and Soviet food pictures is this:
The United States problem is one of abun-
dance, huge surpluses; and how to adjust a
vast production capacity to demand. For years
the United States has had surpluses.
But the Soviet problem is a constant struggle
to provide a minimum diet for the population.
The USSR always has had shortages.
The congressional study indicates meat and
dairy production in the USSR may still be
below 1928 levels. United States production long
ago exceeded that in 1928.
Russia's prospects for overtaking the United
States at all must be considered very remote,
the congressional report says. The Soviet
dilemma is this: The USSR economy could
provide more food and consumer goods to the .
public if it would forego heavy industry pro-
duction increases.
But the Soviet habit, strongly entrenched, is
to give all-out priority to heavy industry.
Monkeying with this setup could be dyna-
mite. It could signal a weakening of Soviet

LETTERS
.L T ESto the editor
NSA Congress . .
To the Editor:
AS A FORMER staffer of the
United States National Stu
dent Association, I would 'like to
comment o nsome of the sugges-
tions advanced by Ernest Zaplitny
in his editorial Friday.
Zaplitny; NSNSA should forget
about federal aid to undergradu-
ates.
Why should it do so, when Con-
gress has already indicated a will-
ingness- to ease some of the finan-
cial burdens for families with
children in college? The Internal
Revene Act of 1954 contains sevu-
eral revisions endorsed by USNSA
wihch offer appropriate tax relief
to students who work their way
through college and-their parents.
Zaplitny: USNSA should vote
$50,000 for scholarships to needy
Negro students in the South.
This function is already per-
formed by other existing ogani.
zations, notably the National
Scholarship Fund for Negro Stu-
dents.-
Zaplitny: USNSA should make
a statement on civil rights, if it
wishes.
While -having a "policy" on
matters related to student educa-
tional rights may not seem itmpor-
tant to many American students,
it is of vital importance to main-
taining constructive relations with
national student unions overseas,
many of whom play a key part in
the political life of their country.
Zaplitny: USNSA should vote
$25,000 for a scholarship fund to
refugee students, or donate the
sum to an appropriate agency of
the United Nations.
Through a grant from the Ford
Foundation, USNSA already ad-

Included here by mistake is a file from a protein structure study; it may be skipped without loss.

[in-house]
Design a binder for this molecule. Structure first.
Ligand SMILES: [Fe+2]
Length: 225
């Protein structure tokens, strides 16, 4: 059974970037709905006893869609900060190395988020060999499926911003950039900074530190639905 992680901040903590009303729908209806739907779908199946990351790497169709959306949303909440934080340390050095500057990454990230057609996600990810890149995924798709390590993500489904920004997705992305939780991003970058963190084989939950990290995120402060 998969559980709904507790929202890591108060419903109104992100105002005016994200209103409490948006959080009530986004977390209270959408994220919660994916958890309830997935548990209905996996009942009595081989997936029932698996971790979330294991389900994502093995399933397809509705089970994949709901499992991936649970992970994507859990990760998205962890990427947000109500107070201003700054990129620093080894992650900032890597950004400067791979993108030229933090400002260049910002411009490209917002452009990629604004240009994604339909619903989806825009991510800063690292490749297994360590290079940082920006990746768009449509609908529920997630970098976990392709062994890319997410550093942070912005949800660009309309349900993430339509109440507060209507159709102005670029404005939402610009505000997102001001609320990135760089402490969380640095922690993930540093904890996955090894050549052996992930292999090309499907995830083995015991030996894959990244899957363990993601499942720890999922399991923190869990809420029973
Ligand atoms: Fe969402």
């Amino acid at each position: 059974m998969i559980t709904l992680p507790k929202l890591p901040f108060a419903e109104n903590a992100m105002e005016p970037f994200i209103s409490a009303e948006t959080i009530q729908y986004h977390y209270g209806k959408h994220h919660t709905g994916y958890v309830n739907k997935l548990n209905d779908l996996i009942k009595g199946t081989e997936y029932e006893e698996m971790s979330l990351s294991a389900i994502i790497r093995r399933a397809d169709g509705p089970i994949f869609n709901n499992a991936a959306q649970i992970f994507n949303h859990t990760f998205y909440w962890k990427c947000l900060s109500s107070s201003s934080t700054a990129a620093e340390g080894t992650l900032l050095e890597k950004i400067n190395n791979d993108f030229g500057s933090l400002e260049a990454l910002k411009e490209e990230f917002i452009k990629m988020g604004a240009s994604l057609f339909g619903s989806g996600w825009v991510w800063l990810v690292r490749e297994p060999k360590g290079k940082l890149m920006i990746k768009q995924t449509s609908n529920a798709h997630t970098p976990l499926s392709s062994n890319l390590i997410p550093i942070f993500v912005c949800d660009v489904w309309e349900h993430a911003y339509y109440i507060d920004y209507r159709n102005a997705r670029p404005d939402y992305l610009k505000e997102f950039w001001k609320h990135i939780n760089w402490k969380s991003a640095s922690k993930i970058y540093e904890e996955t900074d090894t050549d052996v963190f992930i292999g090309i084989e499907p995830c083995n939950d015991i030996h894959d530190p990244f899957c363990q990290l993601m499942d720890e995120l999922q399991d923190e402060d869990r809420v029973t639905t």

ministers a $100,000-plus program
to bring foreign student leaders to
this country. Incidentally, it is
also the only representative Amer-
ican student group which is in-
cluded in the non-governmental
organizations maintaining official
liaison wth the United Natons.
Zaplitny: USNSA should an-
nounce plans for a study of stu-
dent exchanges with Iron Curtain
nations.
USNSA has been engaged in
such study for several years. Just
this week, it cabled N i k i t a
Khrushchev of its open "interest"
in long-term academic exchanges
between the United States and the
Soviet Union - a request initially
advanced two years ago without
result. USNSA distinguishes be-
tween such long-term exchange
and the short-term, tourist type
excursions.
Zaplitny: NSUSA should vote
$20,000 for a campaign to enlist
all college student bodies in the
association.
USNSA expends considerable
fort every year in seeking addi-
tional members, a fact reflected in
its continual growth over the past
five years. Because it is completely
staffed by college students and'
because its recruiting activities
are financed from membership
dues, USNSA perhaps has had to
face more than the usual limita-
tions to expansion of any volun-
tary organization.
USNSA's policies have tended to
become stabilized over the past 10
years and hence Congress actions
may have become more predigt-
able, as Zaplitny indicates. At the
same time, I do not believe the or-
ganization has become unrespon-
sive to changes in international,

national and campus events. And,
since delegates rarely attend more
than two or three successive years
before graduation, almost any-